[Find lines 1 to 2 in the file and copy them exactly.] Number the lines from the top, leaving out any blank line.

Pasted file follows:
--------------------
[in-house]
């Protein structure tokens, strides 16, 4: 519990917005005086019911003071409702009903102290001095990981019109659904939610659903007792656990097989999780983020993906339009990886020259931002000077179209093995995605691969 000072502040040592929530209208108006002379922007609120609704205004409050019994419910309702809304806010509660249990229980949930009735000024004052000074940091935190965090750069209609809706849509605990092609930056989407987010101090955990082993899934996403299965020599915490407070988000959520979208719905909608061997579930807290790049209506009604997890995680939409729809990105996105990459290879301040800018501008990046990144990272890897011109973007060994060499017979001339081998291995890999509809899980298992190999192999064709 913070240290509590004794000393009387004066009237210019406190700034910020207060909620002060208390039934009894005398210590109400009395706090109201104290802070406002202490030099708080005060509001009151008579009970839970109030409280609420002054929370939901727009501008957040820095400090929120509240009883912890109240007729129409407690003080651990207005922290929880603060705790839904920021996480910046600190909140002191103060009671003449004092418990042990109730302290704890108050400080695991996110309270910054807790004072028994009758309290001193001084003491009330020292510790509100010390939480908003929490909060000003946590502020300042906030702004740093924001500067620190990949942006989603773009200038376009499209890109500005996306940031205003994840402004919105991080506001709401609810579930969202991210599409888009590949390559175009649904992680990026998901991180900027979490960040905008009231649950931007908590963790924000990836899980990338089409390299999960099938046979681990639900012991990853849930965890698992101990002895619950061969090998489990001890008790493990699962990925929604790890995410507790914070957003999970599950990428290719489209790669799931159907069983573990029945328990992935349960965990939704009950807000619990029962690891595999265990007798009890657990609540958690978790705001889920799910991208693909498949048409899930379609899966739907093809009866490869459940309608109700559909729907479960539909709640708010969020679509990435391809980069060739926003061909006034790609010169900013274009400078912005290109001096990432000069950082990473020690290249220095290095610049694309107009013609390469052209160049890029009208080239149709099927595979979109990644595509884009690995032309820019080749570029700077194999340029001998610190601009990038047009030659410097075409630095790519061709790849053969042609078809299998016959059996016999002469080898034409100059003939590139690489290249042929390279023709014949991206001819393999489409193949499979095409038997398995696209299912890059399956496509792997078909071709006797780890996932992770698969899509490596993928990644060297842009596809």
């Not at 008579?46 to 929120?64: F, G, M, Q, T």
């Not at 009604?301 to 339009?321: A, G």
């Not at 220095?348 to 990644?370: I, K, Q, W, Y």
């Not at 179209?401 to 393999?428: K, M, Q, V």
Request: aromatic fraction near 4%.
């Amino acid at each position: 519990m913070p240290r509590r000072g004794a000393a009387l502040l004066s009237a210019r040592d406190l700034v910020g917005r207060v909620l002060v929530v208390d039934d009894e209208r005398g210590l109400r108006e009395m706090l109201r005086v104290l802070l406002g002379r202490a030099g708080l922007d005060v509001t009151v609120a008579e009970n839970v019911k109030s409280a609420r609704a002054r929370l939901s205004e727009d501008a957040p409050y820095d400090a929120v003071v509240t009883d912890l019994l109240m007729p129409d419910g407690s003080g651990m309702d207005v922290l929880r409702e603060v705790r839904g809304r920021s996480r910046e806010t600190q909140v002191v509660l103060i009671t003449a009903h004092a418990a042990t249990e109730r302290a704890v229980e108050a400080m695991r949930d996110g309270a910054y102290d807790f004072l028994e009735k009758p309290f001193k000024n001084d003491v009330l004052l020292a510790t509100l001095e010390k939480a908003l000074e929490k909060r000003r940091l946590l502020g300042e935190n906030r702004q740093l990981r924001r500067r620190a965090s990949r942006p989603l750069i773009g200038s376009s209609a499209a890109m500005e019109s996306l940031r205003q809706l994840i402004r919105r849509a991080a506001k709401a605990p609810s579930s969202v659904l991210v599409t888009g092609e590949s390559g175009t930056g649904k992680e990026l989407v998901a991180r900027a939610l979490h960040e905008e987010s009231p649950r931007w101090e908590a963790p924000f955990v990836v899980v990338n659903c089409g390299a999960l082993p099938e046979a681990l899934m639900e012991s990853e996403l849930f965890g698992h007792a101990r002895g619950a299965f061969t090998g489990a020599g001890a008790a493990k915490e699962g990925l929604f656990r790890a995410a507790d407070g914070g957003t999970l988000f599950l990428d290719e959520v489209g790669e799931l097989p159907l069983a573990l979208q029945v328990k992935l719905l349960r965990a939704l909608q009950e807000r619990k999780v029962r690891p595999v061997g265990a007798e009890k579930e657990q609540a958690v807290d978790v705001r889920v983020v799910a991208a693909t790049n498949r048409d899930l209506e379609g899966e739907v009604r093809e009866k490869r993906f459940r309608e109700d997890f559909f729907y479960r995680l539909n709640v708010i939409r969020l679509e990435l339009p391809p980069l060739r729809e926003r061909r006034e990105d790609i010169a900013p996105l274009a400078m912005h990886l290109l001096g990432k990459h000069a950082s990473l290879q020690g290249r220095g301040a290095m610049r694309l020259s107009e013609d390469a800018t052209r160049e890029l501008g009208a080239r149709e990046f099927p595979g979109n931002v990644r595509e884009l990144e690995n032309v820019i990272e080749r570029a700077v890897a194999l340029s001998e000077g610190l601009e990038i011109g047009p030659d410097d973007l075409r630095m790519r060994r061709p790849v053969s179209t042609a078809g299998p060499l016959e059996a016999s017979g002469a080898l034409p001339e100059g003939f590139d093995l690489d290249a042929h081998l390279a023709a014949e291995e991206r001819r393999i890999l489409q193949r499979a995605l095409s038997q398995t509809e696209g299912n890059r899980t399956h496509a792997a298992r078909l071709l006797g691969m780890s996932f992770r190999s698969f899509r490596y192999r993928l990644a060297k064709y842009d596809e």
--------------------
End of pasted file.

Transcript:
[in-house]
């Protein structure tokens, strides 16, 4: 519990917005005086019911003071409702009903102290001095990981019109659904939610659903007792656990097989999780983020993906339009990886020259931002000077179209093995995605691969 000072502040040592929530209208108006002379922007609120609704205004409050019994419910309702809304806010509660249990229980949930009735000024004052000074940091935190965090750069209609809706849509605990092609930056989407987010101090955990082993899934996403299965020599915490407070988000959520979208719905909608061997579930807290790049209506009604997890995680939409729809990105996105990459290879301040800018501008990046990144990272890897011109973007060994060499017979001339081998291995890999509809899980298992190999192999064709 913070240290509590004794000393009387004066009237210019406190700034910020207060909620002060208390039934009894005398210590109400009395706090109201104290802070406002202490030099708080005060509001009151008579009970839970109030409280609420002054929370939901727009501008957040820095400090929120509240009883912890109240007729129409407690003080651990207005922290929880603060705790839904920021996480910046600190909140002191103060009671003449004092418990042990109730302290704890108050400080695991996110309270910054807790004072028994009758309290001193001084003491009330020292510790509100010390939480908003929490909060000003946590502020300042906030702004740093924001500067620190990949942006989603773009200038376009499209890109500005996306940031205003994840402004919105991080506001709401609810579930969202991210599409888009590949390559175009649904992680990026998901991180900027979490960040905008009231649950931007908590963790924000990836899980990338089409390299999960099938046979681990639900012991990853849930965890698992101990002895619950061969090998489990001890008790493990699962990925929604790890995410507790914070957003999970599950990428290719489209790669799931159907069983573990029945328990992935349960965990939704009950807000619990029962690891595999265990007798009890657990609540958690978790705001889920799910991208693909498949048409899930379609899966739907093809009866490869459940309608109700559909729907479960539909709640708010969020679509990435391809980069060739926003061909006034790609010169900013274009400078912005290109001096990432000069950082990473020690290249220095290095610049694309107009013609390469052209160049890029009208080239149709099927595979979109990644595509884009690995032309820019080749570029700077194999340029001998610190601009990038047009030659410097075409630095790519061709790849053969042609078809299998016959059996016999002469080898034409100059003939590139690489290249042929390279023709014949991206001819393999489409193949499979095409038997398995696209299912890059399956496509792997078909071709006797780890996932992770698969899509490596993928990644060297842009596809």